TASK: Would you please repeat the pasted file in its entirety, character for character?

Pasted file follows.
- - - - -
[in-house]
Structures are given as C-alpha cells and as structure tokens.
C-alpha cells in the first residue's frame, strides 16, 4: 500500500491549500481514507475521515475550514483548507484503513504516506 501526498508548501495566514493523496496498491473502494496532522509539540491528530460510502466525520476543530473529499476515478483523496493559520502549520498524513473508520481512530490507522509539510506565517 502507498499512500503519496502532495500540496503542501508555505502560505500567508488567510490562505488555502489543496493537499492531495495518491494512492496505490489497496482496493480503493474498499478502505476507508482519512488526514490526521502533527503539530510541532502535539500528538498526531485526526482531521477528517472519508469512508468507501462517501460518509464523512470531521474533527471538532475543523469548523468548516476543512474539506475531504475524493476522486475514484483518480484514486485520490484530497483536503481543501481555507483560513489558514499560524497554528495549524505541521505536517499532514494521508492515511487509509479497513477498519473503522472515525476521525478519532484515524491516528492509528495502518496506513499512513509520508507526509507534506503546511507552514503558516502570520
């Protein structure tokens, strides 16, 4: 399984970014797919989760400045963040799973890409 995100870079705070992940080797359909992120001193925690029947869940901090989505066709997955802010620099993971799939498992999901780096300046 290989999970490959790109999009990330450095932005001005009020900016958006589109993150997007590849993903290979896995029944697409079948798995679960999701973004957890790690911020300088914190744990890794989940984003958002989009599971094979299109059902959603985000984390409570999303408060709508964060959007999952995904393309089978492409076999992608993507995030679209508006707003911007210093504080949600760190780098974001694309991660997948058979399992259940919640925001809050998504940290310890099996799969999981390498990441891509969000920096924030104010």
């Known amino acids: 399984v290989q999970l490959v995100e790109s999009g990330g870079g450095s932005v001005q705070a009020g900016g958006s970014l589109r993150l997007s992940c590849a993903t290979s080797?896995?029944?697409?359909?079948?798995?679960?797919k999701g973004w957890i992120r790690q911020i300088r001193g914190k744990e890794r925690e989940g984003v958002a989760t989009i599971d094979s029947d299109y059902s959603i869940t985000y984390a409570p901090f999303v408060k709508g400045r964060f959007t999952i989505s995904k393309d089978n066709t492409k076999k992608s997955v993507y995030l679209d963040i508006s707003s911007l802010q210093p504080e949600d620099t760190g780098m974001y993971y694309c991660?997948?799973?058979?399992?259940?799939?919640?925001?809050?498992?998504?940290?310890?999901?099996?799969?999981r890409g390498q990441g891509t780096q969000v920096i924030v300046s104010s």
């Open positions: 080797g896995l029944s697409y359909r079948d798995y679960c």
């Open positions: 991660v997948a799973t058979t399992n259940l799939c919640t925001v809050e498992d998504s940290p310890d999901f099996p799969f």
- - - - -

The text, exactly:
[in-house]
Structures are given as C-alpha cells and as structure tokens.
C-alpha cells in the first residue's frame, strides 16, 4: 500500500491549500481514507475521515475550514483548507484503513504516506 501526498508548501495566514493523496496498491473502494496532522509539540491528530460510502466525520476543530473529499476515478483523496493559520502549520498524513473508520481512530490507522509539510506565517 502507498499512500503519496502532495500540496503542501508555505502560505500567508488567510490562505488555502489543496493537499492531495495518491494512492496505490489497496482496493480503493474498499478502505476507508482519512488526514490526521502533527503539530510541532502535539500528538498526531485526526482531521477528517472519508469512508468507501462517501460518509464523512470531521474533527471538532475543523469548523468548516476543512474539506475531504475524493476522486475514484483518480484514486485520490484530497483536503481543501481555507483560513489558514499560524497554528495549524505541521505536517499532514494521508492515511487509509479497513477498519473503522472515525476521525478519532484515524491516528492509528495502518496506513499512513509520508507526509507534506503546511507552514503558516502570520
């Protein structure tokens, strides 16, 4: 399984970014797919989760400045963040799973890409 995100870079705070992940080797359909992120001193925690029947869940901090989505066709997955802010620099993971799939498992999901780096300046 290989999970490959790109999009990330450095932005001005009020900016958006589109993150997007590849993903290979896995029944697409079948798995679960999701973004957890790690911020300088914190744990890794989940984003958002989009599971094979299109059902959603985000984390409570999303408060709508964060959007999952995904393309089978492409076999992608993507995030679209508006707003911007210093504080949600760190780098974001694309991660997948058979399992259940919640925001809050998504940290310890099996799969999981390498990441891509969000920096924030104010």
């Known amino acids: 399984v290989q999970l490959v995100e790109s999009g990330g870079g450095s932005v001005q705070a009020g900016g958006s970014l589109r993150l997007s992940c590849a993903t290979s080797?896995?029944?697409?359909?079948?798995?679960?797919k999701g973004w957890i992120r790690q911020i300088r001193g914190k744990e890794r925690e989940g984003v958002a989760t989009i599971d094979s029947d299109y059902s959603i869940t985000y984390a409570p901090f999303v408060k709508g400045r964060f959007t999952i989505s995904k393309d089978n066709t492409k076999k992608s997955v993507y995030l679209d963040i508006s707003s911007l802010q210093p504080e949600d620099t760190g780098m974001y993971y694309c991660?997948?799973?058979?399992?259940?799939?919640?925001?809050?498992?998504?940290?310890?999901?099996?799969?999981r890409g390498q990441g891509t780096q969000v920096i924030v300046s104010s």
């Open positions: 080797g896995l029944s697409y359909r079948d798995y679960c």
């Open positions: 991660v997948a799973t058979t399992n259940l799939c919640t925001v809050e498992d998504s940290p310890d999901f099996p799969f």